If you’ve been following the news, you’ve likely heard the word “telehealth” used a lot lately. Even before the COVID-19 pandemic, telehealth was becoming an important arm of medicine, but today, it’s making headlines. The social distancing recommended by the Centers for Disease Control to slow the growth of the coronavirus pandemic is increasing the use of telehealth and telemedicine services.
It makes sense, right? For patients, telehealth means a doctor “visit” can happen through a phone or video call, which is ideal during these times of social distancing, says Dr. Jeffrey Sulitzer, chief clinical officer at SmileDirectClub. It can help everyone get the healthcare they need while isolating mildly ill patients from the public and putting less stress on the healthcare system.
But the benefits of telehealth go beyond the unique situation we find ourselves in today. The global market for telemedicine is expected to be worth $130 billion by 2025, according to Global Market Insights, with the United States alone accounting for half of it. While it’s too soon to tell, the pandemic might be accelerating that adoption rate — meaning it’s time to get to know telehealth and how it all works.
Telehealth, or telemedicine, is the delivery of healthcare and healthcare-related services through remote technologies, like your smartphone or computer. Technically, telehealth refers to everything that happens remotely in the healthcare industry, and telemedicine is a subset of telehealth that focuses on direct delivery of patient care.
In addition to primary care, clinicians and patients can use telemedicine in dentistry and orthodontics, physical and occupational therapy, to monitor chronic diseases, and to access mental health and counseling services. That’s what we do at SmileDirectClub: we’re a teledentistry company, which is how we know the ins and outs of this new form of healthcare delivery.
It’s important to note that telehealth or telemedicine does not entirely replace in-person care, but complements it, making healthcare more accessible and convenient for many.
Telehealth has been found to effectively serve patients whose symptoms are clear and well-defined. That allows in-patient visits to focus on the more challenging cases.
“Telemedicine gives consumers the opportunity to communicate with physicians and nurse practitioners and share information without having to go into the office,” Sulitzer says. “I can use FaceTime and photos and visualize just the same information as I can from actually seeing the patient in person.”
In the case of coronavirus, telemedicine has two advantages: A potentially infected patient can avoid transmitting the virus to other vulnerable people at the doctor’s office. Second, telemedicine takes the burden off of frontline hospitals who can then focus on severely ill patients. And those advantages apply to the normal flu season, too.
People like the telehealth model, too. A full 83% of patients interviewed for a 2018 Massachusetts General Hospital study said the quality of their telehealth visits for follow-up care was just as good as or better than in-person ones. Patients also said that not having to take extended time off from work or travel to the doctor’s office were added benefits.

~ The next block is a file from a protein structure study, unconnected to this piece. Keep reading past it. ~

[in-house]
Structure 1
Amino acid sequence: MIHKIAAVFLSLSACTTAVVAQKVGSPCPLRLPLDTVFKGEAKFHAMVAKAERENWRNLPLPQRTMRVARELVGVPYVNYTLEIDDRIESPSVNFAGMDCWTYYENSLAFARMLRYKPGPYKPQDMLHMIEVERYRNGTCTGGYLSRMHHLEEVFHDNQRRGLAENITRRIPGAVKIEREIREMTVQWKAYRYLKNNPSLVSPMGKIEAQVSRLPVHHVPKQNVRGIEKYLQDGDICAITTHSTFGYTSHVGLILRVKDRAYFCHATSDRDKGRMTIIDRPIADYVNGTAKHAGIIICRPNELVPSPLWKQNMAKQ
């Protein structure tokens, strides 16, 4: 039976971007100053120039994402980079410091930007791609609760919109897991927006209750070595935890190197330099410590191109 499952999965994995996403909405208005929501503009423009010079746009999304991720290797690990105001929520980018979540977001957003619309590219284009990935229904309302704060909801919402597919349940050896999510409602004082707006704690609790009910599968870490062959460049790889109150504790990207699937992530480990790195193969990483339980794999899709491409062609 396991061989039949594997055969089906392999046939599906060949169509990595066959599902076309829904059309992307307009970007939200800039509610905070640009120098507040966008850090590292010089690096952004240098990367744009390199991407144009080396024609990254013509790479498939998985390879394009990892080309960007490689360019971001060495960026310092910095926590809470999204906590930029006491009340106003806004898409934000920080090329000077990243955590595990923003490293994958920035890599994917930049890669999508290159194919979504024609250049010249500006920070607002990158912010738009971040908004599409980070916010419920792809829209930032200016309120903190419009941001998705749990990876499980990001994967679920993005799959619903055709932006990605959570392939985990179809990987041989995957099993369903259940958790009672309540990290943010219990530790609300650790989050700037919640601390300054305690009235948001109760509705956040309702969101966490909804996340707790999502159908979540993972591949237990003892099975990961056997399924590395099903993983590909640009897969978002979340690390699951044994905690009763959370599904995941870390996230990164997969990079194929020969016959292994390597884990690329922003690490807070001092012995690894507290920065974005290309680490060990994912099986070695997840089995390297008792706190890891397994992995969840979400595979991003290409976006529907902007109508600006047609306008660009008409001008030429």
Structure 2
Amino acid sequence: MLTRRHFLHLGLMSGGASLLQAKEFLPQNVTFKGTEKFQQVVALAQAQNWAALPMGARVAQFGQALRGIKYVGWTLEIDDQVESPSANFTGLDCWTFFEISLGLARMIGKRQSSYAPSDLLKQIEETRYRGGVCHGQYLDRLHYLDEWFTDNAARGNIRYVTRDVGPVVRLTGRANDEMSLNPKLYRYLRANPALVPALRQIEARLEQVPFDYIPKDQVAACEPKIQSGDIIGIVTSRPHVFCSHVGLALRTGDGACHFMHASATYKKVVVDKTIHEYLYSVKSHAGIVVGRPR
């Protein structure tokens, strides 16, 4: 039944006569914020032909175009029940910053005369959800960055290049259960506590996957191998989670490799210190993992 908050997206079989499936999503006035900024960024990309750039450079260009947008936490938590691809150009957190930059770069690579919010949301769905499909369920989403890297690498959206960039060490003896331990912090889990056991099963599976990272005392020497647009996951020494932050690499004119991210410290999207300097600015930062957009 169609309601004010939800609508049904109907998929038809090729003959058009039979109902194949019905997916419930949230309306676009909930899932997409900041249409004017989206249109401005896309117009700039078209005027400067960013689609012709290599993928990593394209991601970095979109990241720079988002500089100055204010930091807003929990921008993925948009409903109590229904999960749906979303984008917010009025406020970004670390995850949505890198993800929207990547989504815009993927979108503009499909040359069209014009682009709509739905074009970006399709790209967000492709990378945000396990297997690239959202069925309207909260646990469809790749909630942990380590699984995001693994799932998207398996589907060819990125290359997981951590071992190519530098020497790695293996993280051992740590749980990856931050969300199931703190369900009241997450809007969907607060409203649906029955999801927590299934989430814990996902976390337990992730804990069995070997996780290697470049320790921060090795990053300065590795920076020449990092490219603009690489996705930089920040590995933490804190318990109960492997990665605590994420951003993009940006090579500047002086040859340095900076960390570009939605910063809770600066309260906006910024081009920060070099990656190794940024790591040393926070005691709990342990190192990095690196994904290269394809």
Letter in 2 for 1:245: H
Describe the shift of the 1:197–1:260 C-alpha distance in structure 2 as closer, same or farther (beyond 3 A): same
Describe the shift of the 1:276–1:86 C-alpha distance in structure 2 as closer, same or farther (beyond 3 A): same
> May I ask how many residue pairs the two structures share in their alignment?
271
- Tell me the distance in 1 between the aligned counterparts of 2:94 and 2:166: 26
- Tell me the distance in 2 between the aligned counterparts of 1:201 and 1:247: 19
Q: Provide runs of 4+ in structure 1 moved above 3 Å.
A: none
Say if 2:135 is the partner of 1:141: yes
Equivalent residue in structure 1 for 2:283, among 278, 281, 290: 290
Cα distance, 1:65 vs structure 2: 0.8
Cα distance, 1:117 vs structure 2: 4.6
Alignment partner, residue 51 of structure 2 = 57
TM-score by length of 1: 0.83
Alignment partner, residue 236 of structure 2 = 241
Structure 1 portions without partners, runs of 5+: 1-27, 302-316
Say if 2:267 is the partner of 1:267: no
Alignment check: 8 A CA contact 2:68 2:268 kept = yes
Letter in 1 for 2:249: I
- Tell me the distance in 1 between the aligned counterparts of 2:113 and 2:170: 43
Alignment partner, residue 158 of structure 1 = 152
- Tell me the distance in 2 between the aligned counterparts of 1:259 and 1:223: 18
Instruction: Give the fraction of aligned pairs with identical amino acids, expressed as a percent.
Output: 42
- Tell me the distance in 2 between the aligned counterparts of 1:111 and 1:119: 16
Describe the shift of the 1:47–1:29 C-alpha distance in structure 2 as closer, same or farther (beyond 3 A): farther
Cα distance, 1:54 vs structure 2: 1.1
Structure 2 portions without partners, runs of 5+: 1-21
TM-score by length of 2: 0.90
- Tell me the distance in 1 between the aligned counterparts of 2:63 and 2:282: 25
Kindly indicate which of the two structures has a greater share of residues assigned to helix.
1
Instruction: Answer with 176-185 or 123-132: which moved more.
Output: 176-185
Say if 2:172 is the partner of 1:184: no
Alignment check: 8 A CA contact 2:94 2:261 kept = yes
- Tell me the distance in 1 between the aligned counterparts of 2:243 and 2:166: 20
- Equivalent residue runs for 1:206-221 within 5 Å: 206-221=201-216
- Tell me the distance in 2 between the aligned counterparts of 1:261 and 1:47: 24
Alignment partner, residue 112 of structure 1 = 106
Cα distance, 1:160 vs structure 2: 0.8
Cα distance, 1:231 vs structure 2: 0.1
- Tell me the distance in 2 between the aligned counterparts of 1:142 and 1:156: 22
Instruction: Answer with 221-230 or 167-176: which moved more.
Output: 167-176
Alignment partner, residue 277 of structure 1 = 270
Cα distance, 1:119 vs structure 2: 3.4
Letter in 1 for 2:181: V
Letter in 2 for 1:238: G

“Telehealth gives patients some level of comfort and reassurance that they’re not alone,” Sulitzer says, “It’s also a safe environment to get the care or at least understand the next steps in what they need to do to manage the symptoms of the virus.”
Telehealth has its roots in providing care in underserved rural areas or remote communities that might lack access to specialty care providers.
SmileDirectClub’s teledentistry program has shown how it can work — at least 84% of U.S. counties report increased access to teleorthodontics thanks to our presence. A 2018 review found that teledentistry could be comparable to face-to-face for oral screening, especially in rural areas and those with limited access to care.
Telehealth is also a less expensive way to monitor chronic diseases in patients or to deliver follow-up care after routine surgeries. Medical professionals can check in with patients using telehealth instead of extending hospital stays or insisting on an in-person visit that can require taking time off work and costly travel.
Laws in 26 states (and counting) require that private insurance companies reimburse care providers for a telemedicine appointment just as they would for an in-house one.
While Medicare has traditionally dictated that such appointments would only be valid if the patient were in a designated “Health Professional Shortage Area” (HPSA) or non-metropolitan statistical area (MSA), these requirements have been waived in the wake of the coronavirus pandemic.
“I always advise confirming insurance coverage for any healthcare appointment, telehealth or not,” Sulitzer says. More and more, the answers to those questions are becoming “yes.”
We can all expect telehealth to become an important and common way for healthcare to happen. And the ways in which it can happen are multiplying as we speak. Smart wearables that monitor blood glucose levels or blood pressure can connect to remote healthcare networks through Wi-Fi to inform providers of any dangerous spikes.
Such automation and telecommunication portals make telehealth delivery more accessible, more efficient and more patient-friendly. By reducing the spread of viruses like the coronavirus, telehealth can also deliver a positive impact on public health — now and in the future.